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Moscow Conference, PDM Divide, Afghan Drought: Your Briefing From Afghanistan And Pakistan


Attendees at the Moscow conference included, from left to right, U.S. Special Envoy Zalmay Khalilzad, Russian Special Representative for Afghanistan Zamir Kabulov, Chinese Ambassador to Afghanistan Wang Yu, and Pakistan's special representative, Mohammad Sadiq.

Dear reader,

Welcome to Gandhara's weekly newsletter. This briefing brings you the best of our reporting from Afghanistan and Pakistan.

If you’re new to the newsletter or haven’t subscribed yet, you can do so here.

An elusive unity for Afghan peace

With only six weeks to go till the May 1 deadline for withdrawing U.S. troops, there’s an increasing urgency in the United States’ efforts to restart the peace process and forge unity among disparate Afghan factions. At this week’s Moscow conference Russia, China, and Pakistan backed the new U.S. push for a swift settlement between the Taliban and the Afghan government.

Any progress is significant between these two sides, and Kabul and the Taliban at least agreed on the need to accelerate talks. For Afghans, though, it’s meaningless unless this ends the violence that claims dozens of lives each day.

While Afghan delegates sat in a Moscow hotel making speeches, four people were killed in a bomb attack in Kabul and nine Afghan soldiers and crew were killed when a helicopter was shot down.

"We must see the result of this meeting here," Halima Popalzai, a resident of Kabul, told us. "We want the killings to end.”

The continuous violence overshadows any talk of peace. Wrangling through a deal made by his predecessor, Biden said it will be “tough” to meet the May 1 deadline. Not withdrawing troops as promised, however, threatens to unravel the already fraying terms of the accord.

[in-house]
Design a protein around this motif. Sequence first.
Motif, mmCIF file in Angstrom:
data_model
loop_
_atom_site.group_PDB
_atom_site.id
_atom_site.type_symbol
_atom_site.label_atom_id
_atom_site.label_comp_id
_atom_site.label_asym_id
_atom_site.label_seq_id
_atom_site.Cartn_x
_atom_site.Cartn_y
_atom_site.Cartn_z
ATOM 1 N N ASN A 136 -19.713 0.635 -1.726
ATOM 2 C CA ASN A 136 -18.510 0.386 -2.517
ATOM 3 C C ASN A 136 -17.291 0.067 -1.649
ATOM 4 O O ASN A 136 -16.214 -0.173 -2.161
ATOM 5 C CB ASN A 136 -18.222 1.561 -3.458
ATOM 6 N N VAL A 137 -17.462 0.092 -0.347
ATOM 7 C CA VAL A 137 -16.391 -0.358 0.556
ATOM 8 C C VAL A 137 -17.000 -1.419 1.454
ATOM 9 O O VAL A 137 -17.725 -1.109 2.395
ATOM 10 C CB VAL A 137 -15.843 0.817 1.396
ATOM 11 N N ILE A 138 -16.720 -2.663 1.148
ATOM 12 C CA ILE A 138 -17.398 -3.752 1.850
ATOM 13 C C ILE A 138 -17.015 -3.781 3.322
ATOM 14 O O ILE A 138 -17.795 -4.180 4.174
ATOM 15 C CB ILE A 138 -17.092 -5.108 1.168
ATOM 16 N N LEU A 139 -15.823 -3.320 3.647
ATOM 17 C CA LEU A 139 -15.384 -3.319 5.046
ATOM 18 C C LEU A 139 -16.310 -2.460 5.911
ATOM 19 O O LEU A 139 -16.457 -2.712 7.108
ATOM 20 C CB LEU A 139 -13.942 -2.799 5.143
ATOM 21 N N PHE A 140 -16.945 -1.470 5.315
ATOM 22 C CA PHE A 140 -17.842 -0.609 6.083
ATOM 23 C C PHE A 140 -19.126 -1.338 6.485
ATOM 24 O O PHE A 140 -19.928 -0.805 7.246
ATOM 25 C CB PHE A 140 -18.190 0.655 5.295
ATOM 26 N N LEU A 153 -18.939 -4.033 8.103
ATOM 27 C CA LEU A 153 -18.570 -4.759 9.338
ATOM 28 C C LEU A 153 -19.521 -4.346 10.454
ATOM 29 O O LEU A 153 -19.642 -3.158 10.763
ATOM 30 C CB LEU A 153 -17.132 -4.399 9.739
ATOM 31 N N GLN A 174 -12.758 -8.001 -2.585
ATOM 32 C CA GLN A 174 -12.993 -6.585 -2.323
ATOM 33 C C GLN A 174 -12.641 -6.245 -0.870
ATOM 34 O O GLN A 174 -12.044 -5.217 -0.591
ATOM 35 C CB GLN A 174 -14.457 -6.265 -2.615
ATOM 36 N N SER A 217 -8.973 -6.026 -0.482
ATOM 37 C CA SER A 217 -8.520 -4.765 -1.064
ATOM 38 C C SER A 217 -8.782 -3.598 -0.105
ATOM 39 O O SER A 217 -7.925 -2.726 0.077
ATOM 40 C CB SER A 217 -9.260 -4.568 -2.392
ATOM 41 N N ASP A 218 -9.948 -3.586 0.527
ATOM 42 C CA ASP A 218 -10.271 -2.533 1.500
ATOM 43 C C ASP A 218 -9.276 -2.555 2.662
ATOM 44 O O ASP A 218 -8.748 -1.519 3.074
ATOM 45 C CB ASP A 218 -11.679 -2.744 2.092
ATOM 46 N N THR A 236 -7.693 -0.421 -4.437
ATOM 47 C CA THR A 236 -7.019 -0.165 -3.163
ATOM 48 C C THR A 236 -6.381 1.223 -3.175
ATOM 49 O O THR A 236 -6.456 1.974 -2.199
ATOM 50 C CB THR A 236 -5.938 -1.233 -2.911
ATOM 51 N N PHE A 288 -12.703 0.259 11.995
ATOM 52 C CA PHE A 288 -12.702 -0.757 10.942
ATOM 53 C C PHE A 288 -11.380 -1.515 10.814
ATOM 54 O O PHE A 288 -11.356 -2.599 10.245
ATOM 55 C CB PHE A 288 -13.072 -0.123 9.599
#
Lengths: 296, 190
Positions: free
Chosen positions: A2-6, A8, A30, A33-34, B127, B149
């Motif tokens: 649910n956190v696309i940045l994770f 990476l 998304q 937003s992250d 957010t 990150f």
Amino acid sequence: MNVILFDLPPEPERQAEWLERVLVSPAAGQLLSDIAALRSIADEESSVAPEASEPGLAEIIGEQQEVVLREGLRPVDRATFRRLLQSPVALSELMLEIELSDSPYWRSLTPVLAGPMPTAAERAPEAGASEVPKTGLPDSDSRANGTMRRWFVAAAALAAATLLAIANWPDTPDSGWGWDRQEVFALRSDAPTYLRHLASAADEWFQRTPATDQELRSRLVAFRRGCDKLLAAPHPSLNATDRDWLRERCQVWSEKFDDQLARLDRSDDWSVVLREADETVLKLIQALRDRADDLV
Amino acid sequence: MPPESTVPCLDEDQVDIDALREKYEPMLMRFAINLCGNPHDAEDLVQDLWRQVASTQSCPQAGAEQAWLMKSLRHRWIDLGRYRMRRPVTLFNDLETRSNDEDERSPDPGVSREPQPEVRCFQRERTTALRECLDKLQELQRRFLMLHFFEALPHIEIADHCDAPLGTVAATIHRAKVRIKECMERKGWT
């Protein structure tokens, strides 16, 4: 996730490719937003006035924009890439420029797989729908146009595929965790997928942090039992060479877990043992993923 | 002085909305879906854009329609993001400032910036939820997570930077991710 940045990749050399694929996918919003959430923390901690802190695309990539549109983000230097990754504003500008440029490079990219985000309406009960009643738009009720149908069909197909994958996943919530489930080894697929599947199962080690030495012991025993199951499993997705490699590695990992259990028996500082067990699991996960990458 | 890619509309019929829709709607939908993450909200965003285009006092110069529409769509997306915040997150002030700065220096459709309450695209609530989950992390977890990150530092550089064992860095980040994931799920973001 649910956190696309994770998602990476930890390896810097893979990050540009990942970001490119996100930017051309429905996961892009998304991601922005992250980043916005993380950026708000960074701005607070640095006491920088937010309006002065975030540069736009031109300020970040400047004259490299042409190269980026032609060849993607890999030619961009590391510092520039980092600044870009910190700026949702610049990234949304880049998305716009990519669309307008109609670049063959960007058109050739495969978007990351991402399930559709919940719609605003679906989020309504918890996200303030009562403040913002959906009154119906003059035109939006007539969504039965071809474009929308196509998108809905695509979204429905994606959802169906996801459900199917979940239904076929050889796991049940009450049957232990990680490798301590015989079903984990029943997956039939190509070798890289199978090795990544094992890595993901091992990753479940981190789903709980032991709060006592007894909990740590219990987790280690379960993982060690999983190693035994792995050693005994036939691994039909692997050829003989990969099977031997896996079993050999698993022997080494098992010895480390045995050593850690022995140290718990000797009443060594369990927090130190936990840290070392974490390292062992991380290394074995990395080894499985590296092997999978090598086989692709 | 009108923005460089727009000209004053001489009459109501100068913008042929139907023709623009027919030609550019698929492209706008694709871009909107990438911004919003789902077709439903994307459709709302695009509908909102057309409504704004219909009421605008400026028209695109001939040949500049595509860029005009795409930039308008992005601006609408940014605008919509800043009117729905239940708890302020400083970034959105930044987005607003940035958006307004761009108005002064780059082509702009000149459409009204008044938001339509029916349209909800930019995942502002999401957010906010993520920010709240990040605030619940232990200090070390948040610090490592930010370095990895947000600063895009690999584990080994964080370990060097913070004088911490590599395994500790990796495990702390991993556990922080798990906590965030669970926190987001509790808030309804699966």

For Kabul, the withdrawal is a double punch as aid cuts will doubtlessly follow. A U.S government watchdog warned that slashed funding could prove fatal for the Afghan government, which relies heavily on international aid.

New questions about Pakistani journalist’s death

In an investigative piece, my colleagues Ron Synovitz and Daud Khattak probe the possible connection between the 2007 disappearance of schoolteacher Muhammad Salam and journalist Hayatullah Khan, who was killed in 2006 after he reported on alleged U.S. drone strikes against Al-Qaeda in North Waziristan.

Sources told Gandhara they think the schoolteacher was abducted and killed because he knew too much about Khan’s death, which he potentially witnessed. Salam’s bones were found this month in a shallow grave, alongside his ID card, watch, and other personal items.

Human rights activists say the cases of both the slain journalist and schoolteacher fit a pattern seen in thousands of “enforced disappearances” since late 2001 allegedly carried out by Pakistan’s powerful military and intelligence services in the tribal regions near the Afghan border and in the restive province of Balochistan.

Afghan farmers brace for drought